Another challenge? Time. We were limited in the materials we could use to meet fire and safety regulations. We were often quoted high prices and long wait times for materials pre-treated to appropriate safety and wear standards. With no time in our schedule this made designing and creating bespoke furniture very difficult. Obviously in the real world, this time would be built into my design schedule. After all, why choose to paint plywood when a manufacturer can do it more efficiently?



I wanted to open up the space as much as possible for maximum flexibility in a small space.

I moved the wardrobe next to the bed. This freed up the window wall to have a much larger desk space.

Flexible desk area. I used a freestanding desk. This could be moved if the student wished. I created an extension of the desk area in the form of a long drop-leaf table under the window. This would be perfect for periods when lots of reading materials and technology such as printers etc are required. When entertaining or hosting visitors, this could be folded down to free up floor space.

Drop-leaf table up for extended desk space when needed.

The bed

I designed the bed to create a sense of a snug cosy retreat, or more open space. Depending on their mood, the student could use either end of the bed for sleeping or reading. I even included adjustable lighting for reading at both ends. The wardrobe served as a room divider. Colour blocking with paint also helped zone the room.

A raised built-in-bed allows more storage underneath. The design had hidden storage for large items such as suitcases and sports equipment.

Hidden storage for large items that would not be needed everyday such as suitcases.

Modular storage. I designed boxes that slotted into each other in front of the hidden storage. More boxes could sit within this design. The boxes could be taken out and used as bookshelves, stacked or for displaying items in other parts of the room – for example on the opposite wall under the light box or next to the desk. Or they could be neatly stowed away under the bed as shelving if preferred to free up floor space to maximum capacity. The larger container boxes could also be sat next to each other in an L shape and used as a window seat when the drop leaf table is down.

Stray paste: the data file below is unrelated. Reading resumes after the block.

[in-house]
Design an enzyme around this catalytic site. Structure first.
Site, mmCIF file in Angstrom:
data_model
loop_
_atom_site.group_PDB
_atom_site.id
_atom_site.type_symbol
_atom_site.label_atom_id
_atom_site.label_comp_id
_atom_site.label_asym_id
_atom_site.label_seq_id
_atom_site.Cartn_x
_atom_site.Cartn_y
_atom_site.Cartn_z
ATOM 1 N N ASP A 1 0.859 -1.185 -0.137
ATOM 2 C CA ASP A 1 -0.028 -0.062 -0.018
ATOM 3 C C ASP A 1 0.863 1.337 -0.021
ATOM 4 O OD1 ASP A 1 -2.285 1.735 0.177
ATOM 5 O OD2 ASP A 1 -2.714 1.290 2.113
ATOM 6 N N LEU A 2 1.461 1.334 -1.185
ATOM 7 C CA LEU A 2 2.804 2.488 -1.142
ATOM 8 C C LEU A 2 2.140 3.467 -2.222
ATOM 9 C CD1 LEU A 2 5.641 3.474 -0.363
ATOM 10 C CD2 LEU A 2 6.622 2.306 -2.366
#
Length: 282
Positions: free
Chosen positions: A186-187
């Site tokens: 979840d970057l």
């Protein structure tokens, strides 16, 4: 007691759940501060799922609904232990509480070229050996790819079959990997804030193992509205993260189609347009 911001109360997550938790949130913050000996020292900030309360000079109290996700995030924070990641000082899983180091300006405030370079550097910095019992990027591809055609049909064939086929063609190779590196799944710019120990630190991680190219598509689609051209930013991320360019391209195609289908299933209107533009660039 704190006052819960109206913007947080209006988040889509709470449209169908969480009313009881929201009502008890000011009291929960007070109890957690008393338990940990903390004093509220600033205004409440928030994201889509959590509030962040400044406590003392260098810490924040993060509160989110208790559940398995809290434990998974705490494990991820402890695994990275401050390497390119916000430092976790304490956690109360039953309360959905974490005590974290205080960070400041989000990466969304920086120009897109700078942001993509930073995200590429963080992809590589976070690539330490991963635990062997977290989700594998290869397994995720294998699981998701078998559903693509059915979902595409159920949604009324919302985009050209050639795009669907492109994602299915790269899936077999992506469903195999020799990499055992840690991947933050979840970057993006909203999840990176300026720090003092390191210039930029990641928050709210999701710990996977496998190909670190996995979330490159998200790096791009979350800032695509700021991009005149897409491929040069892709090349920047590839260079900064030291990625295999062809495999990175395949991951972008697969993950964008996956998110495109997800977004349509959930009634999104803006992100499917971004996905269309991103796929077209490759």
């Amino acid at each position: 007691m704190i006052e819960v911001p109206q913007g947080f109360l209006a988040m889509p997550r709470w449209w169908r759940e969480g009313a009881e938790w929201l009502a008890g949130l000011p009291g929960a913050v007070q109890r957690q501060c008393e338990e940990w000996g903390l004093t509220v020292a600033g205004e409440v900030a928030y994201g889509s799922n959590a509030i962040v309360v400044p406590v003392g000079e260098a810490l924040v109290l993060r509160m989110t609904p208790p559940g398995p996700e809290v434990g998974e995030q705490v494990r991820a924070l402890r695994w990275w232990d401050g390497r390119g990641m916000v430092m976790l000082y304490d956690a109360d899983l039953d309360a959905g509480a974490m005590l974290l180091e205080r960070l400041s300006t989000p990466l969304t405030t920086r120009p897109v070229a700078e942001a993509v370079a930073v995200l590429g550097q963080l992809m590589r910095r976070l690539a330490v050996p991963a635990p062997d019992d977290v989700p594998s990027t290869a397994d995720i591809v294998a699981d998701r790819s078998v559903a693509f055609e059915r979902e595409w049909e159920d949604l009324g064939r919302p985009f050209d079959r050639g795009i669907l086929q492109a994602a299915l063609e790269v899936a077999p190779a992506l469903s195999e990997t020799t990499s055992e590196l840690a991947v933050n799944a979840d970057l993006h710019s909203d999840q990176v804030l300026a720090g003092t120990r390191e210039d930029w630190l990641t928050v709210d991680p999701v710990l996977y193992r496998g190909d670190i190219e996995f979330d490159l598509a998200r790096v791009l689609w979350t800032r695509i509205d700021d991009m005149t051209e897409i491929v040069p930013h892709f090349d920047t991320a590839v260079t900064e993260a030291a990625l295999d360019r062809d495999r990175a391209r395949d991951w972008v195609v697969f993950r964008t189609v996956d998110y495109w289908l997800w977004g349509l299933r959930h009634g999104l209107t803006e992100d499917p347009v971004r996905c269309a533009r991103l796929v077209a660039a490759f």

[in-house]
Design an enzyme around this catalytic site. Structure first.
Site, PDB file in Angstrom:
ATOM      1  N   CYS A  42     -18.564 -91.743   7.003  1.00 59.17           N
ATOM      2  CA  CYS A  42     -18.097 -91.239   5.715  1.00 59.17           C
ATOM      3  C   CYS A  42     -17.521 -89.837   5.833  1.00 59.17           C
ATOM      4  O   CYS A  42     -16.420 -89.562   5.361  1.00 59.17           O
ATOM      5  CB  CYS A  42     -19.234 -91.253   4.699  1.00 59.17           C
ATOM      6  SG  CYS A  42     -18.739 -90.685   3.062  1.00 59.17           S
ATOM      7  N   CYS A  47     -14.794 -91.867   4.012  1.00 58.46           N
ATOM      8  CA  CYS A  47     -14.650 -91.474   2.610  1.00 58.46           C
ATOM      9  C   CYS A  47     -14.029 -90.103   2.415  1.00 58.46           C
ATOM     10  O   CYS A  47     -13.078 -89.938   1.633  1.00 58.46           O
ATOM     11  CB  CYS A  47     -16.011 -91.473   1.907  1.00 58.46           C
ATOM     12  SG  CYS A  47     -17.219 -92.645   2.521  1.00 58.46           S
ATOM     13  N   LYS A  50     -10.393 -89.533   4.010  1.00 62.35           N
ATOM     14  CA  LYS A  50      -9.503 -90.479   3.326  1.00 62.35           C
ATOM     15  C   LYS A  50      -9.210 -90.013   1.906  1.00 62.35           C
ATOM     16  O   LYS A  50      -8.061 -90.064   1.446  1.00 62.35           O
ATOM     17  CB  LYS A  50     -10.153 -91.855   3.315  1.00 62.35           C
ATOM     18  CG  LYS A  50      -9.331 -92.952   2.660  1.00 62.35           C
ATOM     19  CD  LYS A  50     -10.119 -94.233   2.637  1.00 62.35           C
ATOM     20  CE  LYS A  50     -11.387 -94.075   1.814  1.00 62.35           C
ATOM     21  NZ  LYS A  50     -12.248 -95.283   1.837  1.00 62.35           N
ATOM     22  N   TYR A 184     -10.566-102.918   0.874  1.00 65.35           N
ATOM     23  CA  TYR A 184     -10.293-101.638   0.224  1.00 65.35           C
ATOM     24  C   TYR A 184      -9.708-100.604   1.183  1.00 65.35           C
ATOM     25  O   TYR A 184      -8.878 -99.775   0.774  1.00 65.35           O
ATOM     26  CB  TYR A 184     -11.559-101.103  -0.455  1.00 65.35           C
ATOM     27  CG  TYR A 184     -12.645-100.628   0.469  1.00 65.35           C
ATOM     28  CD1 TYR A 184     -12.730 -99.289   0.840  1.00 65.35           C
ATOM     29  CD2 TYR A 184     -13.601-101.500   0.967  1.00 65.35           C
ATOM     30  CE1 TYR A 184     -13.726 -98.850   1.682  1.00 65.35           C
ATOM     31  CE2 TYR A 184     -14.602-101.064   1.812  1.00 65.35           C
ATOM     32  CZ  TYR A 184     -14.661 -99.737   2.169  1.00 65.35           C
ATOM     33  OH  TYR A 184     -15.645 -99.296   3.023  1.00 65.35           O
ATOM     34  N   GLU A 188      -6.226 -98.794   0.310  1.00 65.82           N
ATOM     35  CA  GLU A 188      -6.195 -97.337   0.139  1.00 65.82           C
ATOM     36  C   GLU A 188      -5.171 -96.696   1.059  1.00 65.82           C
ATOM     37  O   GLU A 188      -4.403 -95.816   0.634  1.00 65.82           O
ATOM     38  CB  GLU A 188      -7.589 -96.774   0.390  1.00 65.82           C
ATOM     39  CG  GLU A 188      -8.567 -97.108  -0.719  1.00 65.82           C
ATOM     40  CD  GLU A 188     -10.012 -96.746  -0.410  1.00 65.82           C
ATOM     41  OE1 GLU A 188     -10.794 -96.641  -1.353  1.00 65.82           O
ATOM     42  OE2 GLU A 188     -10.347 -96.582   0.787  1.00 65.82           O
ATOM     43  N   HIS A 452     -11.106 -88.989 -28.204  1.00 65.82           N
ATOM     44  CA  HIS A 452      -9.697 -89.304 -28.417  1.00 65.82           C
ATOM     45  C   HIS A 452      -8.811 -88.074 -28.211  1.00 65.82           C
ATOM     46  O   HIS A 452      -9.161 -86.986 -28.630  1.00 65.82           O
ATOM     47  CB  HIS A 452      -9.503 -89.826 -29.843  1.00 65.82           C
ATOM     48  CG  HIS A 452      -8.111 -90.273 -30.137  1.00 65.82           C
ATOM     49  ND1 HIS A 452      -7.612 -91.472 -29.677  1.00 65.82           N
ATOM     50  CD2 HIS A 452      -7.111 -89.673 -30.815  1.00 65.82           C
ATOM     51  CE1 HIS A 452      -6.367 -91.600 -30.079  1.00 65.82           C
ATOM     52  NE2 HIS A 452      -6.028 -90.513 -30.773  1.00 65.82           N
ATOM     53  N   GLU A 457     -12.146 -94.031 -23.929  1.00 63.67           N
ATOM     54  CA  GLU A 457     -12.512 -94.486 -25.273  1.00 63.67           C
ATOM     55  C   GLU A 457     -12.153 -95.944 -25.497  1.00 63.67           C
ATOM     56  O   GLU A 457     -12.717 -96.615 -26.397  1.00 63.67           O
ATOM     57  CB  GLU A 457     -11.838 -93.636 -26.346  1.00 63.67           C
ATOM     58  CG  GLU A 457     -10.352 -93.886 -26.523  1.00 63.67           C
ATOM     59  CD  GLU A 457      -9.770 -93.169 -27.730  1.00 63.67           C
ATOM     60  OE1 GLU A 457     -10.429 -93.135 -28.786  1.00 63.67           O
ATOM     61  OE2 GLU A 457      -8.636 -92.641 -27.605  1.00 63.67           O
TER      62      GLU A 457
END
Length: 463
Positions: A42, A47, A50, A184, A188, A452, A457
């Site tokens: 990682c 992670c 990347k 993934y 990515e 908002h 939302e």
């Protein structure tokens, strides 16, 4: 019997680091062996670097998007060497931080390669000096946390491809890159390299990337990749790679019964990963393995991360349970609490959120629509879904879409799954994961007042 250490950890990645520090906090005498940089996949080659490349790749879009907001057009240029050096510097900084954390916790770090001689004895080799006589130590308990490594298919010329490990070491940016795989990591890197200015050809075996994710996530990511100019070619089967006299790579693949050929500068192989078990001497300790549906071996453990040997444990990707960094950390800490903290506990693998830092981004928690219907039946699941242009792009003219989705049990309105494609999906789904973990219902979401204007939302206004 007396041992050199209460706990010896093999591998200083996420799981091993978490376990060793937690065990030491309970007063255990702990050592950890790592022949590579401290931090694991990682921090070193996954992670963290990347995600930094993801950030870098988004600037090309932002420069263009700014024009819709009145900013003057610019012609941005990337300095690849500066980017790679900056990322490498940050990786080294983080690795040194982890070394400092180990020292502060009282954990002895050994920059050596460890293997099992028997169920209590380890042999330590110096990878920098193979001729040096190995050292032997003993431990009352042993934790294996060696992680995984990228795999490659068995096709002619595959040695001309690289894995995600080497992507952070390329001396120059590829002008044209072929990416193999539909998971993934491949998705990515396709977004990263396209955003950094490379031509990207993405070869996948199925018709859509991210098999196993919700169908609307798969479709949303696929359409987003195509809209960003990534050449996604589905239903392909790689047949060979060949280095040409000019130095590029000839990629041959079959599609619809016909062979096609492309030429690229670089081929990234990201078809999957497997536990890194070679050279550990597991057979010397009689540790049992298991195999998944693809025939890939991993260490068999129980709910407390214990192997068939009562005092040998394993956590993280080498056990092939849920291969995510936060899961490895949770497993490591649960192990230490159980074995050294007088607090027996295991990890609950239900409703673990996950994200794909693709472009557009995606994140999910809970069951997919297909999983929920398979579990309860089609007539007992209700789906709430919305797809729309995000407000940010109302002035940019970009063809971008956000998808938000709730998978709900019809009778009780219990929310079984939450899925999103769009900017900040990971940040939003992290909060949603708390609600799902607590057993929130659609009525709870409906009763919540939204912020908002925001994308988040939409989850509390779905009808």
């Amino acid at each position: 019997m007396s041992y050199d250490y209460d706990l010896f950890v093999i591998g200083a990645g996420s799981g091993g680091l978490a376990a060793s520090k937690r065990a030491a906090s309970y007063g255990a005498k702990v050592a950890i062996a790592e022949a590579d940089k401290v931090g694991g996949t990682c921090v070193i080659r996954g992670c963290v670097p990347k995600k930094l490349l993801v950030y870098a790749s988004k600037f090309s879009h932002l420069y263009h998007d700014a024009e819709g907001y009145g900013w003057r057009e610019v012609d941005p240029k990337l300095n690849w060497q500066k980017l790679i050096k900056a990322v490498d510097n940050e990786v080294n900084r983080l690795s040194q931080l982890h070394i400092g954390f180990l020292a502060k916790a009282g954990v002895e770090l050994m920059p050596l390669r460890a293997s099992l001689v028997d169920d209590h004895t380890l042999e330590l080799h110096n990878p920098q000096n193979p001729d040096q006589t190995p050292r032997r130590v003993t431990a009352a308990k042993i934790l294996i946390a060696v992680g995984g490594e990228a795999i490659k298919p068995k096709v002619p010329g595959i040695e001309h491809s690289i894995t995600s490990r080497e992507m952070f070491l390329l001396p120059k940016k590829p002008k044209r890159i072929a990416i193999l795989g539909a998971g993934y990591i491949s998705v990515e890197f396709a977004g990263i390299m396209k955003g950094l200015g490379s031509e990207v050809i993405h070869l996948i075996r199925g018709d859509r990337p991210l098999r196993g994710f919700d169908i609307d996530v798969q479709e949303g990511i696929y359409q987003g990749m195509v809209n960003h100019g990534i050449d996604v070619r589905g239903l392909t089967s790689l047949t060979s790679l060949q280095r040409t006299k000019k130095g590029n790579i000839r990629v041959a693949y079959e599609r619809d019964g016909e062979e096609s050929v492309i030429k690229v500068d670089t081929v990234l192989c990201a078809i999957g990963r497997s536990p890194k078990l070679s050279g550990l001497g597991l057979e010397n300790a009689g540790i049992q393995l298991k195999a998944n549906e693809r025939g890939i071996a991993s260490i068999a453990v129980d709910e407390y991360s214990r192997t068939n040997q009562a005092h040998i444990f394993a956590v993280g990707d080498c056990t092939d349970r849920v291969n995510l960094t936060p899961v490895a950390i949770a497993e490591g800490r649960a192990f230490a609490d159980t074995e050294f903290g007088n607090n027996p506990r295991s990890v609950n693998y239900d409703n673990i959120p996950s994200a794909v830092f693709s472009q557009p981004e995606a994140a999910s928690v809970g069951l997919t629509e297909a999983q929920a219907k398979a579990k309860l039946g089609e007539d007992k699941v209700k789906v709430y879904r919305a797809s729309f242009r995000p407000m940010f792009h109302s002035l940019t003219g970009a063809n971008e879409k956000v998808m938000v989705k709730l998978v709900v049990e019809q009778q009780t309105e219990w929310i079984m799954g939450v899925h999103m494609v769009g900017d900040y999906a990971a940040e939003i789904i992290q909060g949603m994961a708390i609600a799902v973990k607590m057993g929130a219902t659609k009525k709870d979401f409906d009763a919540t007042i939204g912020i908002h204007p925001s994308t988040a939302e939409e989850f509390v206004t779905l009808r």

Versatile set up. The window seat option. This is how I dressed the room when judging. These boxes could also tuck under the bed out of the way to maximise the floor space.

I have a passion for designing bespoke spaces and thinking about how the client would use it. My own home is full of bespoke storage – essential with three lively, toy-collecting children. I work closely with carpenters to ensure every aspect of the design works. In real life, if something doesn’t quite work or fit, you simply change it. On a reality TV show there’s no time for tweaks.


One ceiling light is never enough – even in the smallest of spaces.

I included:

  • Directional spotlights in the ceiling to highlight the different zones

  • Pendant feature light over the study area

  • Extendable wall lighting

  • A reading light in the nook area of the bed


  1. The dirty carpet was replaced with an easy-to-clean laminate.

  2. I used a fresh unisex colour palette and a striking graphic design to zone the study area.

  3. I added additional furniture with a beans bag. If visitors came into the room there was somewhere else to lounge other than the office chair and bed – but which could be easily moved out of the way.

  4. I made a giant light box so students could spell out their feelings!